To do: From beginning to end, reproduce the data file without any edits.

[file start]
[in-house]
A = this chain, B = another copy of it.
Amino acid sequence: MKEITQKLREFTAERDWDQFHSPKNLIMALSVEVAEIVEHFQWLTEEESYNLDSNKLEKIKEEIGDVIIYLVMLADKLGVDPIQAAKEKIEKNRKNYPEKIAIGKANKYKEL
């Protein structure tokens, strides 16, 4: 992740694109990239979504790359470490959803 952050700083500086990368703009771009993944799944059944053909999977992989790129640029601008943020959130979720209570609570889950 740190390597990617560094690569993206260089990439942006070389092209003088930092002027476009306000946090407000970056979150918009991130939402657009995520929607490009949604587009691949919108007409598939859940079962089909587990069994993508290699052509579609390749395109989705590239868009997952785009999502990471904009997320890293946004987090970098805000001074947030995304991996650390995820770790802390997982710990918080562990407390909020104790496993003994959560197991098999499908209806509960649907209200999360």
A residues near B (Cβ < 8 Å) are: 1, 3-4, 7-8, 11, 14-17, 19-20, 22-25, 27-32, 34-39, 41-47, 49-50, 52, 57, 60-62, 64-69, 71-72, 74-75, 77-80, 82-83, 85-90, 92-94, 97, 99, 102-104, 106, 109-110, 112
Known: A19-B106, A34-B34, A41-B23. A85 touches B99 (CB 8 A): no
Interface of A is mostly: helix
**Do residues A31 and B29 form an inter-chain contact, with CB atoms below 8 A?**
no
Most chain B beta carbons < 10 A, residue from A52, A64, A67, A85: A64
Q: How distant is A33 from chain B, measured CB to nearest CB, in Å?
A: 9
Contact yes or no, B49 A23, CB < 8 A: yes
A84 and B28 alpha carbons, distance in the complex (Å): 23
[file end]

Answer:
[in-house]
A = this chain, B = another copy of it.
Amino acid sequence: MKEITQKLREFTAERDWDQFHSPKNLIMALSVEVAEIVEHFQWLTEEESYNLDSNKLEKIKEEIGDVIIYLVMLADKLGVDPIQAAKEKIEKNRKNYPEKIAIGKANKYKEL
């Protein structure tokens, strides 16, 4: 992740694109990239979504790359470490959803 952050700083500086990368703009771009993944799944059944053909999977992989790129640029601008943020959130979720209570609570889950 740190390597990617560094690569993206260089990439942006070389092209003088930092002027476009306000946090407000970056979150918009991130939402657009995520929607490009949604587009691949919108007409598939859940079962089909587990069994993508290699052509579609390749395109989705590239868009997952785009999502990471904009997320890293946004987090970098805000001074947030995304991996650390995820770790802390997982710990918080562990407390909020104790496993003994959560197991098999499908209806509960649907209200999360």
A residues near B (Cβ < 8 Å) are: 1, 3-4, 7-8, 11, 14-17, 19-20, 22-25, 27-32, 34-39, 41-47, 49-50, 52, 57, 60-62, 64-69, 71-72, 74-75, 77-80, 82-83, 85-90, 92-94, 97, 99, 102-104, 106, 109-110, 112
Known: A19-B106, A34-B34, A41-B23. A85 touches B99 (CB 8 A): no
Interface of A is mostly: helix
**Do residues A31 and B29 form an inter-chain contact, with CB atoms below 8 A?**
no
Most chain B beta carbons < 10 A, residue from A52, A64, A67, A85: A64
Q: How distant is A33 from chain B, measured CB to nearest CB, in Å?
A: 9
Contact yes or no, B49 A23, CB < 8 A: yes
A84 and B28 alpha carbons, distance in the complex (Å): 23